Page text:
The Learnership Stakeholder Triumvirate

The Learnership Stakeholder Triumvirate
Rajan Naidoo, Managing Director of EduPower Skills Academy

Maximising the value of learnerships to create work-ready learner graduates

The intention of learnerships is to create opportunities for unemployed or unemployable learners by teaching them the skills they need to build sustainable careers. To achieve this, it is essential that the three parties involved in a learnership – the learner, the training provider and the sponsor – participate to the fullest extent.

Rajan Naidoo, Managing Director of EduPower Skills Academy, says that to successfully deliver learners who are employable, the three parties have to work together.

“When this triumvirate works synergistically, a learnership can produce highly-successful graduates who are thoroughly prepared for the world of work,” Rajan explains. “Too often though, each party is chasing their own agenda: the sponsor is simply looking for B-BBEE legislative compliance, the learner is in it for the stipend which effectively robs them of a sustainable career and the training provider is in learnerships for the money.”

Rajan explores the responsibilities of each party in delivering a successful learnership:

1. The Learner

For many young people, learnerships are the only way they can access the job market, especially first-time work seekers. They need to fully appreciate the enormity and gravitas of the learnership as a career launchpad. Learnerships afford them a stipend of minimum wage or better, a formal qualification and invaluable work experience and work readiness. These young people have the enviable opportunity to secure employment – possibly with the sponsor – after the learnership, so they need to display the performance and conduct required. This necessitates a conscious choice by the learner to apply the right mindset and attitude.

Sadly, this is not always the case. Too often poor attendance and punctuality and a disengaged performance negates the learner’s chances for a career launch. To counter this, the right attitude must be emphasised from the start of the learnership and this should be bolstered through a work readiness programme that guides the learner and keeps them on the path to success.

2. The Training Provider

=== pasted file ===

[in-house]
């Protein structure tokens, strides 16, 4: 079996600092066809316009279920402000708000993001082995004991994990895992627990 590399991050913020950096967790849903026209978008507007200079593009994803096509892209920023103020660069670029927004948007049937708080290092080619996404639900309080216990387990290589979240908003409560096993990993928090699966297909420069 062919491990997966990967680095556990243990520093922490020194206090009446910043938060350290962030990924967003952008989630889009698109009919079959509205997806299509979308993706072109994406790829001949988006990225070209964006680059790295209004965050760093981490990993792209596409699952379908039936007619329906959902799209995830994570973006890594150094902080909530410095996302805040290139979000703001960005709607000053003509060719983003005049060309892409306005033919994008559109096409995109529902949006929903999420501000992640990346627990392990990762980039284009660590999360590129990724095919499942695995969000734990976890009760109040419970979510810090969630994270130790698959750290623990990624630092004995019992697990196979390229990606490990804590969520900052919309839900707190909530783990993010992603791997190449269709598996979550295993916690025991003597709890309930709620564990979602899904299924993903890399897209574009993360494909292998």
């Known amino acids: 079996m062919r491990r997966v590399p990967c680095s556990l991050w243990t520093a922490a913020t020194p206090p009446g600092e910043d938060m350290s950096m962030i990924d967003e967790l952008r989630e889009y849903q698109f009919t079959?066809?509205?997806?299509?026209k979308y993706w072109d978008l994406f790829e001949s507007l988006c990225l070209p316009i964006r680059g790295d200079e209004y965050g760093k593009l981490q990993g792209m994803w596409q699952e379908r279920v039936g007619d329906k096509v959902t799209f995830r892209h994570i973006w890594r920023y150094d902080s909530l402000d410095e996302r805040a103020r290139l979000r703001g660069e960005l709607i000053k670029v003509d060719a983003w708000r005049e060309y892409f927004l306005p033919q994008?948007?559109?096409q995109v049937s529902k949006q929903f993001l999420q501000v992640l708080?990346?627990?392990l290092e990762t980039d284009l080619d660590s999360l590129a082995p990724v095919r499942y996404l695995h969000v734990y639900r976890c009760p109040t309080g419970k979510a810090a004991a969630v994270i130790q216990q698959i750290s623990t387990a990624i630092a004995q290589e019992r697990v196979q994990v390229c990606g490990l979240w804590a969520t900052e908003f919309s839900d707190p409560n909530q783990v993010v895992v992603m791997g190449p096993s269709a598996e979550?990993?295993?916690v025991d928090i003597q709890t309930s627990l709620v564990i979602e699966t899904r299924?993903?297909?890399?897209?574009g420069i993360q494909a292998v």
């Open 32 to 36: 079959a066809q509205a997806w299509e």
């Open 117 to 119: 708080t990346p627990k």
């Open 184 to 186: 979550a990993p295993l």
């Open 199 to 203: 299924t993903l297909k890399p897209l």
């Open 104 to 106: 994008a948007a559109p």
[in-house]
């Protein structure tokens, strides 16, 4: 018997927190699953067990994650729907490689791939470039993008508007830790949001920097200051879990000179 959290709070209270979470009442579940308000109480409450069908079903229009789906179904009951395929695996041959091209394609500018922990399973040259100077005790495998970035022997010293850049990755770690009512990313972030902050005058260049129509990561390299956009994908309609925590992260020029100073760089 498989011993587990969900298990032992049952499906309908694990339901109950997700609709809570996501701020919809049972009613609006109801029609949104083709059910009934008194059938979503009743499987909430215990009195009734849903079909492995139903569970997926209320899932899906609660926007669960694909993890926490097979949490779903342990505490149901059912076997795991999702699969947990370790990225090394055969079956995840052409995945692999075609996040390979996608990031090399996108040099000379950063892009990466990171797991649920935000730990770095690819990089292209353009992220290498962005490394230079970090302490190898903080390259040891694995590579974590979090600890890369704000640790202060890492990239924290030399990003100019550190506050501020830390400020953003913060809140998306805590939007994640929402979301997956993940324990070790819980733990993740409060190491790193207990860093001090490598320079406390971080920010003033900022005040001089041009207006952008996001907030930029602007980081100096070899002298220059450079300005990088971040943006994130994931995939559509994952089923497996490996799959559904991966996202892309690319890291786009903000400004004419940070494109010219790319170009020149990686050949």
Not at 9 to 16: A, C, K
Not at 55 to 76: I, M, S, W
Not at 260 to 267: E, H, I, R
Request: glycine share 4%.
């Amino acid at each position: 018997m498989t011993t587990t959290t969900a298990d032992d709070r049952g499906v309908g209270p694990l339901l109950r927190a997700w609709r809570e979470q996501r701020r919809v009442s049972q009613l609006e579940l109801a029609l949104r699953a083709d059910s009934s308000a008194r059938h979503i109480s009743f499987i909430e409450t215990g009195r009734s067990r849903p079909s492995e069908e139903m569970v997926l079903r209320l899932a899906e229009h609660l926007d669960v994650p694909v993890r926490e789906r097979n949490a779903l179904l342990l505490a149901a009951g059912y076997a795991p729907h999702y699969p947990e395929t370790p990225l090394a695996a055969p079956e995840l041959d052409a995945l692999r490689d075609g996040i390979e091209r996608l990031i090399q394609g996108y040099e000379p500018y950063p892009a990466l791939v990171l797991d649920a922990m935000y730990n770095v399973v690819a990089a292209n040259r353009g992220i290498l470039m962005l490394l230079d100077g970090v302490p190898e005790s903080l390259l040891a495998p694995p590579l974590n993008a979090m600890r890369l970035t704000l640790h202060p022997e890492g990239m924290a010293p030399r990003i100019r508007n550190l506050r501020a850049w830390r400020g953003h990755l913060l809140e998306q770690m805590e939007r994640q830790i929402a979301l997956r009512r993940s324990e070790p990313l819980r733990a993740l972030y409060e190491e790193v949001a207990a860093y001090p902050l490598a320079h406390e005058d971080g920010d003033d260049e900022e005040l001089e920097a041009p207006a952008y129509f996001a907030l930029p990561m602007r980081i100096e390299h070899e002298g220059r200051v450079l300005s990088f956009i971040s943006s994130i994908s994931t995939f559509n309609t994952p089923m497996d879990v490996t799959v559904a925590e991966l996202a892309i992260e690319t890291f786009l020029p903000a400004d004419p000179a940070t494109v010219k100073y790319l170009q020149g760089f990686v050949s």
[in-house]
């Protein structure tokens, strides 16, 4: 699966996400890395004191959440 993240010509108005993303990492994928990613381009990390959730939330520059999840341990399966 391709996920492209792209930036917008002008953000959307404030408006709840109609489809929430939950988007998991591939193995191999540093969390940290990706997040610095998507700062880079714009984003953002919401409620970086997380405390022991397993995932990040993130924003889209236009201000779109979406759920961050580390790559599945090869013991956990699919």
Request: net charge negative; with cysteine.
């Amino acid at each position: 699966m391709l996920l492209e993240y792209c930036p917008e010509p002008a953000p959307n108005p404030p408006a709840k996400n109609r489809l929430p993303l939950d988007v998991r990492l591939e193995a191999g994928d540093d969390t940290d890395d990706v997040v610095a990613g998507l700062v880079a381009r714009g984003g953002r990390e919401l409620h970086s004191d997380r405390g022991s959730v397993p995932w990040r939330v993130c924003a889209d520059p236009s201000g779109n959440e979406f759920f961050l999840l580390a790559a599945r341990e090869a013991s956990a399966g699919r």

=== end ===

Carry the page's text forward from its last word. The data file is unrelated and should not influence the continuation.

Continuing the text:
Learnerships are as much about the learner as they are about the training provider and workplace host. The attitude of the training provider must be about more than financial gain or certification outcomes. Training providers should be passionate about creating employable, work-ready learnership graduates.

One test of a training provider’s commitment should be their willingness to hire their own graduates as this proves the confidence they have in their process. At the very least, the training provider and work host must be prepared to attach their brand to a work reference for their graduates. Learners have a duty to call out training providers that don’t provide the quality of training or work experience that the learnership requires.

3. The Sponsor

The third party in the learnership stakeholder triumvirate is the sponsor and while their involvement is related to their B-BBEE scorecard, it also needs to be about the learner. The sponsor holds the key to the quality of the learnership delivery as they choose the training partner and determine the principles for the learnership.

When the sponsor cares about the welfare of the learner, the choice of the training provider partner is paramount. Unfortunately, many sponsors appoint training partners to maximise returns of B-BBEE points and tax rebates, sacrificing the quality of learnerships in the process. The value system of learnership sponsors must go beyond B-BBEE compliance, ensuring that learners are employable and become economically active. A “good” training provider partner will deliver on this value system.

While the sponsor may not be able to offer a graduate learner employment after the learnership, if they choose the correct training partner that provides the right level of support, the learner can become self-employed in our growing services economy. To this end, the sponsor should package their skills and enterprise development budget toward achieving skills that culminate in self-employment with full support from the training provider acting as a mentor after training.

Rajan concludes: “A stakeholder learnership partnership with common values that is oriented toward a human welfare outcome is essential when conducting a learnership and could become the gamechanger in our quest to solve our youth unemployment crisis.”